E. Alejandro Sweet-Cordero, MD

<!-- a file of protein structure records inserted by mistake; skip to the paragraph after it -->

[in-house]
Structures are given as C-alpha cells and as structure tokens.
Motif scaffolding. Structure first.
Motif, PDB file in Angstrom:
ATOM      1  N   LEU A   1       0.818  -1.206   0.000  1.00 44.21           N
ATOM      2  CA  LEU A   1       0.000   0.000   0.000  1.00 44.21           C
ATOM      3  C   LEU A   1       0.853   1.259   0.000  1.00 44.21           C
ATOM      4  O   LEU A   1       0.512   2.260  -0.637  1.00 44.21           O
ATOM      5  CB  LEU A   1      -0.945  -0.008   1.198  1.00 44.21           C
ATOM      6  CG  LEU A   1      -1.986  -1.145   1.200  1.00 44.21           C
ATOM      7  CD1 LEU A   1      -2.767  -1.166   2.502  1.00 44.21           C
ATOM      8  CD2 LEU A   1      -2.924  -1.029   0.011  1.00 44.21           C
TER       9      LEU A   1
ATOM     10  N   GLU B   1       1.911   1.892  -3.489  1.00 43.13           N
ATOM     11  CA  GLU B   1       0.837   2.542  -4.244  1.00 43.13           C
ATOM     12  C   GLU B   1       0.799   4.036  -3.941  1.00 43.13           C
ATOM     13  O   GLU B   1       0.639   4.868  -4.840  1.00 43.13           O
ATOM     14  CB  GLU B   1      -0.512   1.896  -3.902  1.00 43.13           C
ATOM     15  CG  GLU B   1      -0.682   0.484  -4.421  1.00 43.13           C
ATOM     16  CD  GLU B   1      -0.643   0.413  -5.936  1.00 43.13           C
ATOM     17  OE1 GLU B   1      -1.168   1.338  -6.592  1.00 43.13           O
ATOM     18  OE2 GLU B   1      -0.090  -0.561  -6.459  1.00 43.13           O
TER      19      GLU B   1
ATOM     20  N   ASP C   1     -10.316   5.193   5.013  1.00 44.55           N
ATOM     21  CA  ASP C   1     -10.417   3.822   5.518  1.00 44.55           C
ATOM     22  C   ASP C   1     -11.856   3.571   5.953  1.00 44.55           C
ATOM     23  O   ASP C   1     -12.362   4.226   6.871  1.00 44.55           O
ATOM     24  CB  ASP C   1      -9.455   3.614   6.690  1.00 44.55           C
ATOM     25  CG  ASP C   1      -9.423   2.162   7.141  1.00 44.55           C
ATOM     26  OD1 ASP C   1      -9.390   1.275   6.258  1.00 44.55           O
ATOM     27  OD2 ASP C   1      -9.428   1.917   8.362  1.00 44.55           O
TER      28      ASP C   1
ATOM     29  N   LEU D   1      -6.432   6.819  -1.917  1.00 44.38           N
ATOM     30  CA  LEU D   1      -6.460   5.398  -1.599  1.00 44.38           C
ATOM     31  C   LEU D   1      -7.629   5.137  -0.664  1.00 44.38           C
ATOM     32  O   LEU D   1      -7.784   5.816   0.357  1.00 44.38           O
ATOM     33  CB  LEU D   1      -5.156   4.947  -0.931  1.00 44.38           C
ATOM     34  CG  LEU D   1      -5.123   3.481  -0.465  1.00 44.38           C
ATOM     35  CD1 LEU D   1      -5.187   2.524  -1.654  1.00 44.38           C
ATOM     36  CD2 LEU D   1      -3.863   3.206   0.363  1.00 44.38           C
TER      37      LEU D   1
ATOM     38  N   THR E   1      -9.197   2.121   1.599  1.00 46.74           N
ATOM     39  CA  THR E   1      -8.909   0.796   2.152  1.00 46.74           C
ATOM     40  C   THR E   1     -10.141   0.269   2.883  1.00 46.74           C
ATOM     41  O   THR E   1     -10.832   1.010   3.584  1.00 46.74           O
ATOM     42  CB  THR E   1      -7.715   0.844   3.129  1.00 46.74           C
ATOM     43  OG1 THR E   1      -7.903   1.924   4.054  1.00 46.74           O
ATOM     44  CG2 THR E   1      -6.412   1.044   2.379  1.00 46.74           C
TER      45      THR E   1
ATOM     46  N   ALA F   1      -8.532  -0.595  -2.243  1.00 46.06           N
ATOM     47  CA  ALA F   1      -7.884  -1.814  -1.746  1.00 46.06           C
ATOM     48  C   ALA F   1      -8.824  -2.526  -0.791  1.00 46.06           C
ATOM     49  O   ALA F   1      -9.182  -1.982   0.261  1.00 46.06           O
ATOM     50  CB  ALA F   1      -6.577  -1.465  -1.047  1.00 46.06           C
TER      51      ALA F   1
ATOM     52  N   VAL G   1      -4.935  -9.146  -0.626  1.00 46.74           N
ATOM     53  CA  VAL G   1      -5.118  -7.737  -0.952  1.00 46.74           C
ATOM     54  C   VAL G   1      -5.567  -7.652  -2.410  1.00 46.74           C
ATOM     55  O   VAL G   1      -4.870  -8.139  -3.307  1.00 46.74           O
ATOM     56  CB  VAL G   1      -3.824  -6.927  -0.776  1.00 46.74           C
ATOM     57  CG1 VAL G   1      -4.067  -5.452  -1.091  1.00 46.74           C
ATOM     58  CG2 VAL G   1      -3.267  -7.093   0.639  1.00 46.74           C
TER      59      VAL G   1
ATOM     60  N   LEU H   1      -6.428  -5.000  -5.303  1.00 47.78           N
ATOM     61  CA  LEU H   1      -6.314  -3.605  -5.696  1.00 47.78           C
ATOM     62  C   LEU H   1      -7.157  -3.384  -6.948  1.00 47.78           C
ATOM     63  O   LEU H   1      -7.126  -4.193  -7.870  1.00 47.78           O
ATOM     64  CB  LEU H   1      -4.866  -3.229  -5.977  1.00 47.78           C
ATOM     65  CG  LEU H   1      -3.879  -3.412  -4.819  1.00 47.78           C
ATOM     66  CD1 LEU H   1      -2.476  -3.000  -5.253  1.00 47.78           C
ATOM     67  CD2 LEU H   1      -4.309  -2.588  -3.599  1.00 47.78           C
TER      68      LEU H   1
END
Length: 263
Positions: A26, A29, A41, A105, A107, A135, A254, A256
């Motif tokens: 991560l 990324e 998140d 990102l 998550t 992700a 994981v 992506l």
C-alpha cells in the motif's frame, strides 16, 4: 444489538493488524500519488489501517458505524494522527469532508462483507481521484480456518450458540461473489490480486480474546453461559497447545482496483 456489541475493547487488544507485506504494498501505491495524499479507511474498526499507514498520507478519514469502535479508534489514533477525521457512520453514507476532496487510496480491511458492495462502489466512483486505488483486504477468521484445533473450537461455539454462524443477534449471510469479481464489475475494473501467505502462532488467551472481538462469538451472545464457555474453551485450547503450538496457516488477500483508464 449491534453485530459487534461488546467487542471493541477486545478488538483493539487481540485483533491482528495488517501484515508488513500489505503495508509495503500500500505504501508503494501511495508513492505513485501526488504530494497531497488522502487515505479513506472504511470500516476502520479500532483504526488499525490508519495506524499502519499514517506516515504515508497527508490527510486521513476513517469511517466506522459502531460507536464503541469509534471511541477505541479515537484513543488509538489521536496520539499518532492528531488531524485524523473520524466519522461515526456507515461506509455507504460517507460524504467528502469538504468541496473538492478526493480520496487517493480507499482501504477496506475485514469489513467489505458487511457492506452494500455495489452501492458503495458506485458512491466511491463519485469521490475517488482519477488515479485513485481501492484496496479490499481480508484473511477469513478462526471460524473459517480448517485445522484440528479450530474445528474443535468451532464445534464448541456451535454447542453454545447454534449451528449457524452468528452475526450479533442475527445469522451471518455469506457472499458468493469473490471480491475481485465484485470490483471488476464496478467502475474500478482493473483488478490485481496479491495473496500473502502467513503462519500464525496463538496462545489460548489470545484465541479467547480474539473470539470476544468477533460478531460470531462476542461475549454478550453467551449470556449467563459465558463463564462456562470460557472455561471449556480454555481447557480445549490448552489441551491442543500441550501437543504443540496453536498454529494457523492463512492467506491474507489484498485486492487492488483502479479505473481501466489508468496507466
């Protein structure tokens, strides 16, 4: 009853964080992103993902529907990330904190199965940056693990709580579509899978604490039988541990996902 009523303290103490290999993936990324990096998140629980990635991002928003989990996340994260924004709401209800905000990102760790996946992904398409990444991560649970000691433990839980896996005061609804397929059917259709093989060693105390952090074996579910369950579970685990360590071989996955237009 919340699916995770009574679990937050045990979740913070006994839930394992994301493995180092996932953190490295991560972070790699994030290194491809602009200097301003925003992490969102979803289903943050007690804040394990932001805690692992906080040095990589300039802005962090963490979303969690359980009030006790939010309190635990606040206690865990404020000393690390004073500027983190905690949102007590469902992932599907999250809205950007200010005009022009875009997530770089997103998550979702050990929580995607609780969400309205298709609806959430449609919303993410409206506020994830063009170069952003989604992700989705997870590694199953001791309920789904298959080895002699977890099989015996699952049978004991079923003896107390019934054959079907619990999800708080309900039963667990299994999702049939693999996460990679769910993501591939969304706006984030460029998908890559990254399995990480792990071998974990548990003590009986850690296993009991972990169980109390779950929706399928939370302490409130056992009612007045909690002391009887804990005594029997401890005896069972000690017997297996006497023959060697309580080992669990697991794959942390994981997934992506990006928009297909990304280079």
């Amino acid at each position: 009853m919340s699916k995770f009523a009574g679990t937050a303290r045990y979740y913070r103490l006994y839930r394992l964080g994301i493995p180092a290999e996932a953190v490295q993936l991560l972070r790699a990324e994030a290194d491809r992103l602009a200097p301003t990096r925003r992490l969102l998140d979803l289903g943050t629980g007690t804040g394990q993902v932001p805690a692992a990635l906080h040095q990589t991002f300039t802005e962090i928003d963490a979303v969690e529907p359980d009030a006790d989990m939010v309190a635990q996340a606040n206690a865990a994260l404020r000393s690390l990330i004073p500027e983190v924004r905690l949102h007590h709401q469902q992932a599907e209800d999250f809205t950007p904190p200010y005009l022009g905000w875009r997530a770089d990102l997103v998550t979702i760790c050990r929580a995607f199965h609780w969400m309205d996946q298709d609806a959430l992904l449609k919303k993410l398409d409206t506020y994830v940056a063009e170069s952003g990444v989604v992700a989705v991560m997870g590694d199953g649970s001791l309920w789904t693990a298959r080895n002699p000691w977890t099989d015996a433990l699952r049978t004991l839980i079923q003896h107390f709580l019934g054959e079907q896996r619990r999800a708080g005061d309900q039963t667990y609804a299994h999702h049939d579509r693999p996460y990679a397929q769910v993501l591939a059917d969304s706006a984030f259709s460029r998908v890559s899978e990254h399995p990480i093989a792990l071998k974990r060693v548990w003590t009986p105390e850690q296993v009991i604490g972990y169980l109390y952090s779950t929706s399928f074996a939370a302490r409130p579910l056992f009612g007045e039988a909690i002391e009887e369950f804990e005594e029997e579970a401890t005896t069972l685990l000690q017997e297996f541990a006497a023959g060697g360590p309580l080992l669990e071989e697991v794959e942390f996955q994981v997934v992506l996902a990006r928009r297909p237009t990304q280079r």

The goal of my laboratory is to identify novel therapeutic approaches for cancer that target the genetic mutations and altered signaling networks that are specific to cancer cells. We use functional genomics applied to mouse and human systems (genetically engineered models, patient derived xenografts) to understand the transcriptional networks that regulate the outcome of specific oncogenic mutations and to understand how cancers become resistant to chemotherapy. We have two primary disease interests: lung cancer and pediatric sarcomas. Our laboratory has identified novel regulators of chemoresistance in lung cancer (Oliver et al, 2010 Genes and Development). We have used functional genomics in mouse and human models to identify a novel role for Wt1 in mediating KRAS-driven oncogenesis (Vicent et al, 2010, JCI). We have identified and characterized the role of tumor-propagating cells in NSCLC and identified a key role for Notch3 as a self-renewal pathway in mouse and human NSCLC (Zheng et al, 2013, Cancer Cell). In our sarcoma work, we are interested in mechanisms driving osteosarcoma and Ewing sarcoma progression. We recently identified the first lncRNA involved in the pathogenesis of Ewing sarcoma (Howarth et al, JCI, 2014). We rely heavily on computational genomic analysis in our work and we have extensive experience in generating and using high-throughput datasets and next-generation sequencing for gene and network discovery. We are also actively involved in a multidisciplinary effort to apply next-generation sequencing (WGS/RNAseq etc) to advance the care of relapsed and other high-risk pediatric cancer patients at UCSF/Benioff Children’s Hospitals.